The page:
Use of vaccine technology to control H7N9 avian influenza was generally successful in poultry but the research found new viruses in ducks, according to results published in Cell Host and Microbe.
The Chinese vaccine was launched in September 2017 following the bird flu pandemic in 2013 and data has shown that vaccination of chickens successfully prevented the spread of the virus.
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But it also led to the discovery of 2 previously undetected genetic variation of the H7N9 and H7N2 subtypes in unvaccinated ducks.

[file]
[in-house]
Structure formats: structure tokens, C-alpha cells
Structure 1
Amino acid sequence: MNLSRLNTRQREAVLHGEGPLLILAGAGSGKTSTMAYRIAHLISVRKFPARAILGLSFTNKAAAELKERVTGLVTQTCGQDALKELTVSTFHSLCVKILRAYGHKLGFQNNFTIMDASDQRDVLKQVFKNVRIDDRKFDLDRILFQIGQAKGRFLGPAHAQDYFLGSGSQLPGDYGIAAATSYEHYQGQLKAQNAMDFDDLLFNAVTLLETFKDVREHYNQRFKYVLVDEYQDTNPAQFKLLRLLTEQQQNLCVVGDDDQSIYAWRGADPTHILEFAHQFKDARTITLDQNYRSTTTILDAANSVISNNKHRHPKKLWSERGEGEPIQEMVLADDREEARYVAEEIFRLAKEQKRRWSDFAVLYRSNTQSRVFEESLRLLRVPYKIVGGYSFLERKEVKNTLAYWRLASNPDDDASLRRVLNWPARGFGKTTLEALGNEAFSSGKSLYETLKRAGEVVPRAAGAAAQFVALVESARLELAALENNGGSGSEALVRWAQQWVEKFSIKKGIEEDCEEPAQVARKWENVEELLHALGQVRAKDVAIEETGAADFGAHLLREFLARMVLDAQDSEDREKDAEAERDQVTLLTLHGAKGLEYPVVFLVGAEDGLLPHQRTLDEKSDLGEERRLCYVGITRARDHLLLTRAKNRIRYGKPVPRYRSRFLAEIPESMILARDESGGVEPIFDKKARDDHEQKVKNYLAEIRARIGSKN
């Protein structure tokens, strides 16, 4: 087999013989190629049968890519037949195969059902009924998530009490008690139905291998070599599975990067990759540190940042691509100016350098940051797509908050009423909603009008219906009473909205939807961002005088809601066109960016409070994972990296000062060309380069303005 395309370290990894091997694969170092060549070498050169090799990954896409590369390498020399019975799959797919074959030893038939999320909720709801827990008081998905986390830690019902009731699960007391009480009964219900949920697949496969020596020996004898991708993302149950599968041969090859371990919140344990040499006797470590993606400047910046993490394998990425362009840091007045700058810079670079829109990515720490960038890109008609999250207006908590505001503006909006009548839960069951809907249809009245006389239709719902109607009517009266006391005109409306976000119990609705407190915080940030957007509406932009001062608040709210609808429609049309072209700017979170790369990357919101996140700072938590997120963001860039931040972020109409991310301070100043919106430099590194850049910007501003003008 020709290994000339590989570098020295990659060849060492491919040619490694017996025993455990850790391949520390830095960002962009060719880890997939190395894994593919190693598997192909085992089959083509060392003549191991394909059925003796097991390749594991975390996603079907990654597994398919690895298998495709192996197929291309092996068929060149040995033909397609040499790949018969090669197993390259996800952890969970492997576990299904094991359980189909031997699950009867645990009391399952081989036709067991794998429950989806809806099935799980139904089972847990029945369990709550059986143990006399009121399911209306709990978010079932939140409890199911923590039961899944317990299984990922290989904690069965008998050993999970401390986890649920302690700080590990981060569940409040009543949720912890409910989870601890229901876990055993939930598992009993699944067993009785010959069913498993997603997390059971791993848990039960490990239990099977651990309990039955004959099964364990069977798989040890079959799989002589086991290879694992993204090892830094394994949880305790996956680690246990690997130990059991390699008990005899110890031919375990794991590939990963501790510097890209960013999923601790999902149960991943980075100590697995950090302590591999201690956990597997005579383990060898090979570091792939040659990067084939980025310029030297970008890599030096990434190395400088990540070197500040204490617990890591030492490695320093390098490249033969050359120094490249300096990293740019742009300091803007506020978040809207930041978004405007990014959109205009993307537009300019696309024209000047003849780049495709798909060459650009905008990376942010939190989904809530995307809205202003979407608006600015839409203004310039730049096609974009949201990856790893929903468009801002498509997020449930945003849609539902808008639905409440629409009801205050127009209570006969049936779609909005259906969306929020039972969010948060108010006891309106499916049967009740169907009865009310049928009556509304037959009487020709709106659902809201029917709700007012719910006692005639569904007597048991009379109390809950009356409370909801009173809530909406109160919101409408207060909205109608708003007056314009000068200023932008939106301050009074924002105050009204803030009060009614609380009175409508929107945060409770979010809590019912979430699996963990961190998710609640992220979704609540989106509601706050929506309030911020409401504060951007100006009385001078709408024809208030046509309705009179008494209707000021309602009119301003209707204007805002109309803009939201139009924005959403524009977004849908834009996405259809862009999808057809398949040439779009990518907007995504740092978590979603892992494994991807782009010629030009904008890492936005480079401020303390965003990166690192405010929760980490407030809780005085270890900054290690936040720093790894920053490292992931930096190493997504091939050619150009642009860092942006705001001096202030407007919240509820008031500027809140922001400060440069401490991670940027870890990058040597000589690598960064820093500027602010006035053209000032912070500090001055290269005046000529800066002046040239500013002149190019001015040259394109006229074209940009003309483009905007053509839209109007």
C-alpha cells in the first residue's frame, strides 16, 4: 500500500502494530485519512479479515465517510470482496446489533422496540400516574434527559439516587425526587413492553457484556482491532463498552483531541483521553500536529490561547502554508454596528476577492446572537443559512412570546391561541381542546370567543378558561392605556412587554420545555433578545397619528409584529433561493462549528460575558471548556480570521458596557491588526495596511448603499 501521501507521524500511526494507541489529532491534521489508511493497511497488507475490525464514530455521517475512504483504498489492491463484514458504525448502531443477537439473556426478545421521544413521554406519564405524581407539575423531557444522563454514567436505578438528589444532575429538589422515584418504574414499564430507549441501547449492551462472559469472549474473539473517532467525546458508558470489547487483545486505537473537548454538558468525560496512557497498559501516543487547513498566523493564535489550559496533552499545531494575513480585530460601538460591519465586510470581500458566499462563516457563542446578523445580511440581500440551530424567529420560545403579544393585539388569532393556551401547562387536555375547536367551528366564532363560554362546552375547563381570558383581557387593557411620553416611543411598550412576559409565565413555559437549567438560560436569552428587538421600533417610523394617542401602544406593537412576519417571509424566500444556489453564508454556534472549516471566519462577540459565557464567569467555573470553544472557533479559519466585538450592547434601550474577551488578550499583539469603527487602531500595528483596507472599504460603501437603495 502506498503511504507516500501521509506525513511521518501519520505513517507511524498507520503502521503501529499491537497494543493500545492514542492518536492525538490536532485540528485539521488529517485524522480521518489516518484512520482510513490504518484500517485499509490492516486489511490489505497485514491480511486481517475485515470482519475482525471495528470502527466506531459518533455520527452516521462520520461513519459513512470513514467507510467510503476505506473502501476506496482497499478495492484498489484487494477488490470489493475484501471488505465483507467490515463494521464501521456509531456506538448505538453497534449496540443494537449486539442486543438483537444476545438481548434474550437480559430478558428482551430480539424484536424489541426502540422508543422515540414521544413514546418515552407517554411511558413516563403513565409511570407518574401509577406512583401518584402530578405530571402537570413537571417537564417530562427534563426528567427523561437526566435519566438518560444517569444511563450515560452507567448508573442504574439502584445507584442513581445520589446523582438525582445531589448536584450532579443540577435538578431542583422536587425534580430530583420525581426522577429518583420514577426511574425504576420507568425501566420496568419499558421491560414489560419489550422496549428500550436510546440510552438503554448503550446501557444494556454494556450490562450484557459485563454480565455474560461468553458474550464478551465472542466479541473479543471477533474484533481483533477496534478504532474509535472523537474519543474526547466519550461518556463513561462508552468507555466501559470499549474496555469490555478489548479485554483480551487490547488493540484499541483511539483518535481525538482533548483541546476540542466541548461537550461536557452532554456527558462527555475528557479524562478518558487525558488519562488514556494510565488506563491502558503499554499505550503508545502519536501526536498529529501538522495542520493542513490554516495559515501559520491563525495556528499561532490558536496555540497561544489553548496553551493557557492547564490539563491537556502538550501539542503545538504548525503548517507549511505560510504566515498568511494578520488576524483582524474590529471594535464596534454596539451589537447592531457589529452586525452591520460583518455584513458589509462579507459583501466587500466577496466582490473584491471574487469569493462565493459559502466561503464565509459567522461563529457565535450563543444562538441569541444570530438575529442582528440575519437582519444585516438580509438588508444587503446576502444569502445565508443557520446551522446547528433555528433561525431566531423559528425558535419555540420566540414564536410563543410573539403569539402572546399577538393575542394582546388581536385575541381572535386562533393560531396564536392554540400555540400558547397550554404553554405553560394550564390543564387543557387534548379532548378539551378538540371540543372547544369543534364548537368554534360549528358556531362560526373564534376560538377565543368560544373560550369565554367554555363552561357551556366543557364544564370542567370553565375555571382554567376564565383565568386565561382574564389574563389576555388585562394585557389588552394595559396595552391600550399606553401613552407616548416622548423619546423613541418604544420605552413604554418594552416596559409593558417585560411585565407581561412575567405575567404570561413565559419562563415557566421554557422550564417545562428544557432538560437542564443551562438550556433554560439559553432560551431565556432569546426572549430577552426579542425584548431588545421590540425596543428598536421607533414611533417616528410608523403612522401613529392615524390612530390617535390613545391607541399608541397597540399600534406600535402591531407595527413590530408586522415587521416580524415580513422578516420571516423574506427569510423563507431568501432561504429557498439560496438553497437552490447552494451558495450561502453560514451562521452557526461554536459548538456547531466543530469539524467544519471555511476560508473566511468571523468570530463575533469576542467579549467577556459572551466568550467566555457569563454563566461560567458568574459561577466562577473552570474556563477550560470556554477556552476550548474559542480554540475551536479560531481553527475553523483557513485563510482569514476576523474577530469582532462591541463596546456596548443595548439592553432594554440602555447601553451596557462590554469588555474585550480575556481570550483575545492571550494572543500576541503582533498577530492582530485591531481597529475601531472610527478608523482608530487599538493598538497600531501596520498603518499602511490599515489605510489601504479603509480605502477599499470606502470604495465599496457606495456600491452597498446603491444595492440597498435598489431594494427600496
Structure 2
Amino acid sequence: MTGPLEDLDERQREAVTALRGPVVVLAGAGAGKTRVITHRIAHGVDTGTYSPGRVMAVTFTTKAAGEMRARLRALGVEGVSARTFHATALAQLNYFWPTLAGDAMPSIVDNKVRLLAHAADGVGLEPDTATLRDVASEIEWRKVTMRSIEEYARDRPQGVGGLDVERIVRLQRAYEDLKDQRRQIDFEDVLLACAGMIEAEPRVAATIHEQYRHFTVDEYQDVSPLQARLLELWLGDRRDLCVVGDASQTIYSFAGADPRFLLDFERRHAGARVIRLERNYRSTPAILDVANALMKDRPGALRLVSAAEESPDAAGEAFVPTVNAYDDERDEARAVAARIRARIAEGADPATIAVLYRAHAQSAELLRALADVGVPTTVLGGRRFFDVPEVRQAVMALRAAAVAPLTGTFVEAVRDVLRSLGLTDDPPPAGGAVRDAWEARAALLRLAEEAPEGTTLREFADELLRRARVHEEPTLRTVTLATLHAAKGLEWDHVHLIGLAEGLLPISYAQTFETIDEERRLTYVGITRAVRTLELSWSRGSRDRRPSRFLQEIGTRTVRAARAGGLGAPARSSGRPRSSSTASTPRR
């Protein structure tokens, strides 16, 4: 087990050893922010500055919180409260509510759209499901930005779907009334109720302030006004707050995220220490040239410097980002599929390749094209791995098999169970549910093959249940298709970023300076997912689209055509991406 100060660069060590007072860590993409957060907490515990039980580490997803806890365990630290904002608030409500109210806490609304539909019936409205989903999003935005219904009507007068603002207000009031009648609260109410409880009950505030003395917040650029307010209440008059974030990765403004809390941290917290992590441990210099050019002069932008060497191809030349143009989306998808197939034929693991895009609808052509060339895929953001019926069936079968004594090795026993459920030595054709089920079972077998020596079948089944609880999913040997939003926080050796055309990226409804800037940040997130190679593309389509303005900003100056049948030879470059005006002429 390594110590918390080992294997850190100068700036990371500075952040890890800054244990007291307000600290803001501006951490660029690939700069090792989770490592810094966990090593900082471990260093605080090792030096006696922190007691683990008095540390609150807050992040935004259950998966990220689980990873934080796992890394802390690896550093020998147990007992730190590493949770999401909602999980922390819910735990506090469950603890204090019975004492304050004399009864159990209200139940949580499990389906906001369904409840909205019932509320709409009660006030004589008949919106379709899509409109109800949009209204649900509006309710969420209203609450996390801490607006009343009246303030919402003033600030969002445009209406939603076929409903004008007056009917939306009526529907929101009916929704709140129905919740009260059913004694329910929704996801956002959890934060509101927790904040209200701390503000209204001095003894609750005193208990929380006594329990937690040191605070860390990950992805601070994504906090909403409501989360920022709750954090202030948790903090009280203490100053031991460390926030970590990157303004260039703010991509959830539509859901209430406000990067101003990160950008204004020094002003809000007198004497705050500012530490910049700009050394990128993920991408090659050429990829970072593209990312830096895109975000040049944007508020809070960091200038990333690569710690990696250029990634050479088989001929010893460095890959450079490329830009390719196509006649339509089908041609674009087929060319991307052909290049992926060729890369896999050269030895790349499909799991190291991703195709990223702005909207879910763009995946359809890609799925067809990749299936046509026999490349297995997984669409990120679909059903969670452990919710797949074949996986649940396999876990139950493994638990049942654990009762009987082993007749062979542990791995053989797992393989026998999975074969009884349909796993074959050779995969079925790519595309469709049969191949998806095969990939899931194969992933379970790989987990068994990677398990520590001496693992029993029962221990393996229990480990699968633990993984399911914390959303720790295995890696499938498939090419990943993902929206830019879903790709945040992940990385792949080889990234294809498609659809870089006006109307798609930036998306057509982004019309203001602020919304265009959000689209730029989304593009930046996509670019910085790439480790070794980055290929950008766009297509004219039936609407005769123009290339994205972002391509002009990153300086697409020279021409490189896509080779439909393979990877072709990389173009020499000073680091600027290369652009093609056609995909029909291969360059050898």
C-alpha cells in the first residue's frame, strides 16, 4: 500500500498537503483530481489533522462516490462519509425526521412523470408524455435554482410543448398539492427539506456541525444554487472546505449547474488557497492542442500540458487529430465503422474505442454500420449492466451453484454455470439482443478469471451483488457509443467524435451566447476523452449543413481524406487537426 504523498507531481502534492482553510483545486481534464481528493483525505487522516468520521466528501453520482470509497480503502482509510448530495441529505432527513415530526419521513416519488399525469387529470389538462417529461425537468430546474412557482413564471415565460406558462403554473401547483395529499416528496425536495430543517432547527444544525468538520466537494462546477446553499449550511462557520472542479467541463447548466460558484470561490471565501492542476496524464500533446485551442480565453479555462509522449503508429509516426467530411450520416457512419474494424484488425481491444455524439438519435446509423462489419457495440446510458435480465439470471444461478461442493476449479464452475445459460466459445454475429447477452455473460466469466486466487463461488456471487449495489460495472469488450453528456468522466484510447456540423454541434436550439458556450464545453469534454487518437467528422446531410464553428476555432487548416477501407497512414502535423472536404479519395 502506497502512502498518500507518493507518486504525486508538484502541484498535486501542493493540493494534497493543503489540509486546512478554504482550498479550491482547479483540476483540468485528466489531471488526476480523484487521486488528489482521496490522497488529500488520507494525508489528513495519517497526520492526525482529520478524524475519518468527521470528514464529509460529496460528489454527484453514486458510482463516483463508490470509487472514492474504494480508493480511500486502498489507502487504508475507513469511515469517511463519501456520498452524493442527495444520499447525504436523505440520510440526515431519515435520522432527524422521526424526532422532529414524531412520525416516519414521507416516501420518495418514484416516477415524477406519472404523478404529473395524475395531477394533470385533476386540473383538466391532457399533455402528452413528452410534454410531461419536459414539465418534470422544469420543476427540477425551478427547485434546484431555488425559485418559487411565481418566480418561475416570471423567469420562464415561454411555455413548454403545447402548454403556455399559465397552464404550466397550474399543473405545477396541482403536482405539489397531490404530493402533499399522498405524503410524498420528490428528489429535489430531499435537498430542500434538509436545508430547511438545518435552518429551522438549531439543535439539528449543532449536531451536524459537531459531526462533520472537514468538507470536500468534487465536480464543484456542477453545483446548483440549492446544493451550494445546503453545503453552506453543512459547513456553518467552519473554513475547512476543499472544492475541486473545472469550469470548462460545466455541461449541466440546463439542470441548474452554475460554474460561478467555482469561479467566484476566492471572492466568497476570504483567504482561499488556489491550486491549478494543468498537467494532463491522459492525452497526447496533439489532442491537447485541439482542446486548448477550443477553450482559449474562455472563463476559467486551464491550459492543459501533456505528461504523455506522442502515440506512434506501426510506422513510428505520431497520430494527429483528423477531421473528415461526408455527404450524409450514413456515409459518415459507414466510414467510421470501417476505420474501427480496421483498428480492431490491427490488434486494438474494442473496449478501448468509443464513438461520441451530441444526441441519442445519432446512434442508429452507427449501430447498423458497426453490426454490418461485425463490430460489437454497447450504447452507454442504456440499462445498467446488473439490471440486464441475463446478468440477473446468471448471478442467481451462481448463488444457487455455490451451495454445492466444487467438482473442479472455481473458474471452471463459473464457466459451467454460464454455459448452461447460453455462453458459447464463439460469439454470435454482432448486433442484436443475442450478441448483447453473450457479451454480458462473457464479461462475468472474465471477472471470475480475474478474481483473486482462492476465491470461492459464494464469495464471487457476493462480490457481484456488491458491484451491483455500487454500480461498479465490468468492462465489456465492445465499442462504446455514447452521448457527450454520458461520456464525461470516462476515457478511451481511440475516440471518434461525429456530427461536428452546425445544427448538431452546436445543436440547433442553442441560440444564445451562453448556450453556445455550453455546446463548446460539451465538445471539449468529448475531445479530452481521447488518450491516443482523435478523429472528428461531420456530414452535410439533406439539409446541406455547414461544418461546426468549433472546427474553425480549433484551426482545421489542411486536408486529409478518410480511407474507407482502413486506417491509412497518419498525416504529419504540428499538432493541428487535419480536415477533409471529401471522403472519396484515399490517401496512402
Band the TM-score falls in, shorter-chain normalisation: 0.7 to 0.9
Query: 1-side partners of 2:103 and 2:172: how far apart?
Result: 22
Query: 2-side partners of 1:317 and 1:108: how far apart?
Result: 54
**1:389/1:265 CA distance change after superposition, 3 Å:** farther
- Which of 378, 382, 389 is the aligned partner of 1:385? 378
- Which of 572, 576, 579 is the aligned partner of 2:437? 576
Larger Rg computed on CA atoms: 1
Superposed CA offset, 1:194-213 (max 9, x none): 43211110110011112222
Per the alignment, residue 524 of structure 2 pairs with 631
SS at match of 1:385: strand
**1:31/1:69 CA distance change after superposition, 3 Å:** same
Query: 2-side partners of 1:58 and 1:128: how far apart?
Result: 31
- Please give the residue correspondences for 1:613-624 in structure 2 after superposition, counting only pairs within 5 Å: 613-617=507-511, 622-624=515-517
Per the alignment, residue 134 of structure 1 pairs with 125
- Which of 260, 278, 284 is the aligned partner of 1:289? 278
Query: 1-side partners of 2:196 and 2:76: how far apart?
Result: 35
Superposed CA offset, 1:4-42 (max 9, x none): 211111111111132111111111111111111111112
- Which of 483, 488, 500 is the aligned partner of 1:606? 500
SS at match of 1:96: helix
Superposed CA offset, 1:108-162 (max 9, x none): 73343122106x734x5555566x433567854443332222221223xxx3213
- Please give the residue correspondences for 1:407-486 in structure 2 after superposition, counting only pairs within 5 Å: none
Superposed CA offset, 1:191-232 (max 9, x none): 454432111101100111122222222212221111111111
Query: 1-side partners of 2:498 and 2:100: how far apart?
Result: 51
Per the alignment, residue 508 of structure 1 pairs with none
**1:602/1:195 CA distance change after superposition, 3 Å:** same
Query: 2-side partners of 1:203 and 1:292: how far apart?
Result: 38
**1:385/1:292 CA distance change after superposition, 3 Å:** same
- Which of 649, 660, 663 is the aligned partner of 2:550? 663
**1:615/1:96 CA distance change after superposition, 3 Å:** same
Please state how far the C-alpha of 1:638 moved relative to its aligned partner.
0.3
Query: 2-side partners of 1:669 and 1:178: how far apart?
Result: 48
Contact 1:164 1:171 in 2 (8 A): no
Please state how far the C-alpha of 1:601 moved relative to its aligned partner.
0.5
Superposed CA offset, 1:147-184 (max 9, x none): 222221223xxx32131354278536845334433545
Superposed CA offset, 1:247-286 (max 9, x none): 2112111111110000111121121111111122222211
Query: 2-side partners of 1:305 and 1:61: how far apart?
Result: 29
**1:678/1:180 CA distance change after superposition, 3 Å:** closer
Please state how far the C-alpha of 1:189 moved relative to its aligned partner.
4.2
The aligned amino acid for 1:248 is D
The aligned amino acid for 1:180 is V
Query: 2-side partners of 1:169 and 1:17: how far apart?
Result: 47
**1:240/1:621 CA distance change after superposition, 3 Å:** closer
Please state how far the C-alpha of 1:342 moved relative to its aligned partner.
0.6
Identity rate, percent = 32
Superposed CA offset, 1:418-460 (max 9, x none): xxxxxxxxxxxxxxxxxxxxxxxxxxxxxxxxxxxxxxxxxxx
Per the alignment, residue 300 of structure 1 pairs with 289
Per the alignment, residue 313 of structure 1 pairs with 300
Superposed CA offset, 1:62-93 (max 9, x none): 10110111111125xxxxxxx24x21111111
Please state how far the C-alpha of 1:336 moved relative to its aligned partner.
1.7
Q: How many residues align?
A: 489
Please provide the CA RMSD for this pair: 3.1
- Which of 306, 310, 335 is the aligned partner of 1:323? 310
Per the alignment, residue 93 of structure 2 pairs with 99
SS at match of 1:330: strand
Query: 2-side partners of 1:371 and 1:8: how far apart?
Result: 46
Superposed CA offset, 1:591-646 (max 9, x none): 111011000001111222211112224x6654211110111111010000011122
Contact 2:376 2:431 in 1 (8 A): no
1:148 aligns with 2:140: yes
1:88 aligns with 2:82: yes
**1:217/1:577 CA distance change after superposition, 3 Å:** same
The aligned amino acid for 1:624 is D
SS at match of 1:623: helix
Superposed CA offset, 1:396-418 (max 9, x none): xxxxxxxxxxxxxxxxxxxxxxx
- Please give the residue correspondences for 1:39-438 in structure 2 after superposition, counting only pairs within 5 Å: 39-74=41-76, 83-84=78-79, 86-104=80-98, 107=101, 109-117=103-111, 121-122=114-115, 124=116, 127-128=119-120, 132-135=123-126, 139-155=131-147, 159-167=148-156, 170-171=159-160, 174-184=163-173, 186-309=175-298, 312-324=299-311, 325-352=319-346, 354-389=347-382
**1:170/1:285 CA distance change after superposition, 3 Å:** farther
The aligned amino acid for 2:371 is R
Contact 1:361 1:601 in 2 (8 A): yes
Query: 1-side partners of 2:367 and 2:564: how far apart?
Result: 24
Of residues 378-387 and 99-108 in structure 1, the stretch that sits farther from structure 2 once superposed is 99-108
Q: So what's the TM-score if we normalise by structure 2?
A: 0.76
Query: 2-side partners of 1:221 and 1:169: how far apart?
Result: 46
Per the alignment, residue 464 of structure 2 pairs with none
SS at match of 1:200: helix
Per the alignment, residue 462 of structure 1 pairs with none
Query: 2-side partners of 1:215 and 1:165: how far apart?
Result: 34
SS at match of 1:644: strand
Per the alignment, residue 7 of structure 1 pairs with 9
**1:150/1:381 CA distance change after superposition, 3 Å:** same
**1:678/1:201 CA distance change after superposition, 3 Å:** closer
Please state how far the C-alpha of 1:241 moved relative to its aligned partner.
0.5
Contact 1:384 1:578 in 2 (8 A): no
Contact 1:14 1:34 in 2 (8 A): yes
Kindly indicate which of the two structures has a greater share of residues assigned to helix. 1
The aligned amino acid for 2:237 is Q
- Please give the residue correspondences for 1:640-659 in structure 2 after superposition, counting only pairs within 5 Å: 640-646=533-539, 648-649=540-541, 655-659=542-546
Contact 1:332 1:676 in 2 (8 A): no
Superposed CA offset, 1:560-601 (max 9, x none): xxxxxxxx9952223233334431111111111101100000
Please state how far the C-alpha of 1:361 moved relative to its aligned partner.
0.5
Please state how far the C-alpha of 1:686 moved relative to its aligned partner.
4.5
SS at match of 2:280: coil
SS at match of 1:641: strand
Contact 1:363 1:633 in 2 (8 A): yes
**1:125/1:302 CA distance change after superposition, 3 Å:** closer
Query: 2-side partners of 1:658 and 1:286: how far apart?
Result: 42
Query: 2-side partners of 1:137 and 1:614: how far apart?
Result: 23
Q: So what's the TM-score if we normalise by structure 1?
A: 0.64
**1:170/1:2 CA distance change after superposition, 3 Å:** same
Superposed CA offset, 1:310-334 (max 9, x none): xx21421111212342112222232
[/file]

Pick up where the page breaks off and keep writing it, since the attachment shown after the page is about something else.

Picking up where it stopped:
Hualan Chen, a senior author on the paper and animal virologist at the Harbin Veterinary Research Institute, said: “It surprised me that the novel, highly pathogenic sub-types had been generated in and adapted so well to ducks, because the original highly pathogenic form of H7N9 has very limited capacity to replicate in ducks.”
Chen’s team collected over 37,928 chickens and 15,956 duck genetic samples 8 months before and 5 months after the vaccine’s introduction. They isolated 304 H7N9 viruses before the vaccine’s release and only 17 H7N9 and one H7N2 virus after.
“Our data shows that vaccination of chickens successfully prevented the spread of the H7N9 virus in China. The fact that human infection has not been detected since February 2018 indicates that consumers of poultry have also been well protected from H7N9 protection.”